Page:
Prism: InteractionRequest and PopupModalWindowAction for WPF applications

Hi everybody,

As you might already know the Prism Library does not provide UI implementations for WPF interaction requests as out of the box, it only provides examples of these implementations for Silverlight, which can be used as a basis for the development of your own triggers and actions.

Hence, I created this blog with the purpose of demonstrating a possible approach to achieve this and to show how creating similar implementations in WPF should be quite straightforward.

Therefore, I created a sample which benefits from InteractionRequestTriggers and a custom TriggerAction<FrameworkElement> similar to the default PopupChildWindowAction class, which can be used to display a pop-up modal windows in Silverlight.


The Prism documentation provides useful information on how a view model can make interaction requests directly to the view itself via an InteractionRequest object coupled with a behavior in the view. I recommend reading the following section of the Prism documentation to have a better understanding on how this works:

As mentioned in the Prism documentation:  the standard EventTrigger provided by Expression Blend can be used to monitor an interaction request event by binding to the interaction request objects exposed by the view model. However, the Prism Library defines a custom EventTrigger, named InteractionRequestTrigger, which automatically connects to the appropriate Raised event of the IInteractionRequest interface. Once the event is raised, the InteractionRequestTrigger will invoke the specified action. As mentioned before, the library only provides the PopupChildWindowAction class for Silverlight, which displays a pop-up window to the user. By default, the specific type of pop-up window displayed by the PopupChildWindowAction class depends on the type of the context object (e.g for a Notification context object, a NotificationChildWindow is displayed, while for a Confirmation context object, a ConfirmationChildWindow is displayed). Unfortunately the ChildWindow class used by these objects returned to display as part of the trigger action is only available for Silverlight.

Hence, when I created a custom TriggerAction similar to the PopupChildWindowAction provided with Prism, I had to change the returned type of the object to be displayed. In mi case I defined it as Window. The problem was that as a result of this change, the displayed popups would not be modals like with the ChildWindows implementations. Therefore, I also changed the way the action invokes its child window, and instead of calling the Window.Show() method in my PopupModalWindowActionBase’s Invoke method I used the Window.ShowDialog() method, which allows showing a modal window instead.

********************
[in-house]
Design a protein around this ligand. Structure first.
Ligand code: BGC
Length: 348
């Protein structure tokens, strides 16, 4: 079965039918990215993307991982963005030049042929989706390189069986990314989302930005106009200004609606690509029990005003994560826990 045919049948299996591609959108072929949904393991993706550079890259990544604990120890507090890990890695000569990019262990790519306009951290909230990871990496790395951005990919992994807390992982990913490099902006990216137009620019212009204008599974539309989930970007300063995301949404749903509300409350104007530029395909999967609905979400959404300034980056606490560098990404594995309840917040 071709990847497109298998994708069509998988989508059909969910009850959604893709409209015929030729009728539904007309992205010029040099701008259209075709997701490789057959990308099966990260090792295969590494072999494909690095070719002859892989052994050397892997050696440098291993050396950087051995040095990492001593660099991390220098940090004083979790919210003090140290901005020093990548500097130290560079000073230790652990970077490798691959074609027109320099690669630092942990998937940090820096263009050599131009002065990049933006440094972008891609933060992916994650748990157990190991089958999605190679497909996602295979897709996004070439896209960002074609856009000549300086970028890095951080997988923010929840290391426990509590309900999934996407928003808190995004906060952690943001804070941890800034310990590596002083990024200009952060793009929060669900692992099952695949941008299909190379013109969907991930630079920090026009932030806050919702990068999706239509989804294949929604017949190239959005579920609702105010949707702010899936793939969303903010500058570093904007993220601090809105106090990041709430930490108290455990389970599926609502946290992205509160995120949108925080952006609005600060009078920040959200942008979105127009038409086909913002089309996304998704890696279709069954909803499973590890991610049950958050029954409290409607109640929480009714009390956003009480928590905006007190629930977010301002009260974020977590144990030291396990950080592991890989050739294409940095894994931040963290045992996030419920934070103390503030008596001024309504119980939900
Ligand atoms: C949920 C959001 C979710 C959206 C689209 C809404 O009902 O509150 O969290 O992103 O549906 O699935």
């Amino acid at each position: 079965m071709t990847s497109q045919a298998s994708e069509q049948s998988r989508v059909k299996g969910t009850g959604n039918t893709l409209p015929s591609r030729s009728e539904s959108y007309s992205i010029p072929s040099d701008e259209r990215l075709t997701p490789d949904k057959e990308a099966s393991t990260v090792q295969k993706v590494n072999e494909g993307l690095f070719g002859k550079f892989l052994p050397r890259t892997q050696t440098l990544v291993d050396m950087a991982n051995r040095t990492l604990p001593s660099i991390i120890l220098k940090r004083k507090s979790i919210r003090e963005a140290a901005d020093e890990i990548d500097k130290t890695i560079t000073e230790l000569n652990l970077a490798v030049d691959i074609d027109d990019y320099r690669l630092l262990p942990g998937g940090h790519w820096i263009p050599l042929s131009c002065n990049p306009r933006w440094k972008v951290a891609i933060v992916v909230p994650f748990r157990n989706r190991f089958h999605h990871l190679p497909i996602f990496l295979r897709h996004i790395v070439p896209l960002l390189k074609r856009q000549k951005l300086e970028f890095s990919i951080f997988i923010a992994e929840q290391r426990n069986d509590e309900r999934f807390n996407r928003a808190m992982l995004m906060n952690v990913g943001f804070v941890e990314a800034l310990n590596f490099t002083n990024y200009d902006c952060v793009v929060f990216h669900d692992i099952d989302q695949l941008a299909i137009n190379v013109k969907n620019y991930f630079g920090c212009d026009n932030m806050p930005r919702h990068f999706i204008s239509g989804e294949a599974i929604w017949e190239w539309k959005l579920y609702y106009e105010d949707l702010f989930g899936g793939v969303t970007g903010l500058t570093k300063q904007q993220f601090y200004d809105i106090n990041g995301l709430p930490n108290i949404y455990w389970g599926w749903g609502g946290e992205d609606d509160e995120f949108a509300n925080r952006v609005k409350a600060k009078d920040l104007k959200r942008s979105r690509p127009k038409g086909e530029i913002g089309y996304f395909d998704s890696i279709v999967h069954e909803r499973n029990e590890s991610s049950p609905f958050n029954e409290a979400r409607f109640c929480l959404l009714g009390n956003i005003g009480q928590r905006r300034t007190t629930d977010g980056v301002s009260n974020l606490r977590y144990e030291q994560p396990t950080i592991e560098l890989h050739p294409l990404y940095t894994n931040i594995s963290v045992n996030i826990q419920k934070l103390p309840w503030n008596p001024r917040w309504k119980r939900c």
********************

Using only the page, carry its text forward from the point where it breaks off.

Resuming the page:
Basically these were all the changes I needed to obtain a similar implementation to the PopupChildWindowAction. Take into account that this implementation may change depending on your personal preferences and the requirements of your scenario. Although I believe it could be considered as a starting point.

Sample Application


You can download the sample in my SkyDrive account, under the name “ PopupModalWindowActionSample“.

Note that this code is provided “AS IS” with no warranties and confers no rights.

I hope you find it useful!

Updated 2012/05/15

Additional Considerations

After reviewing this approach we realize that some considerations should be taken for some scenarios. Particularly if passing a custom view using the PopupModalWindowAction‘s ChildWindow property. When doing so, you will find that you can’t show the dialog window more than once. This occurs as the view is of type window which won’t allow showing a windows once this is closed. Currently this could be achieved by creating a new custom window in the PopupModalWindowAction each time the InteractionRequest is raised, this is why the default windows implementation can be re open without problems.

Also if you want to keep the state of the view, this can be achieved without problems by passing the same instance of the Context object when raising the InteractionRequest.

Additionally, we have been thinking that a possible approach to reopen a custom window using the ChildWindow property may be possible passing a custom view to the ChildWindow property, and creating a new window each time the interaction is raised and use it to wrap the custom view as the content of this new window.

Note: Also for those interested in this subject, you could check the following related blogpost which portrays a different approach, and I believe it might be helpful when showing popupwindows with custom views also using interaction requests in WPF:


  • Andy says:

    Thanks! That is useful, and just what I was looking for.

    Is it possible in the ViewModel that initiated the popup window to access any information that the user may enter within the dialog? For example, if the dialog allowed the user to enter his username and password, could I get this information along with the confirmation?

  • aadami says:

    Hi Andy,
    It’s possible to access more information, this can be achieved by passing a custom Context object when raising the InteractionRequest, as this Context will be used as the DataContext of the modal window, which will behave as the view model of this window. You could find a possible example based on this approach, in the following Codeplex thread:
    Also when following this approach you should take into account the additional considerations that I have added in this post.


  • Simon Cui says:


    when I set the CustomDialog ShowInTaskbar=”False”. and activate the Shell window. the customdialog will not show. how to solve it?

  • Simon Cui says:

    OK, I got it. Just set
    childWindow.Owner = Application.Current.MainWindow;

    Thank you

  • omar salem says:

    doesn’t even compile

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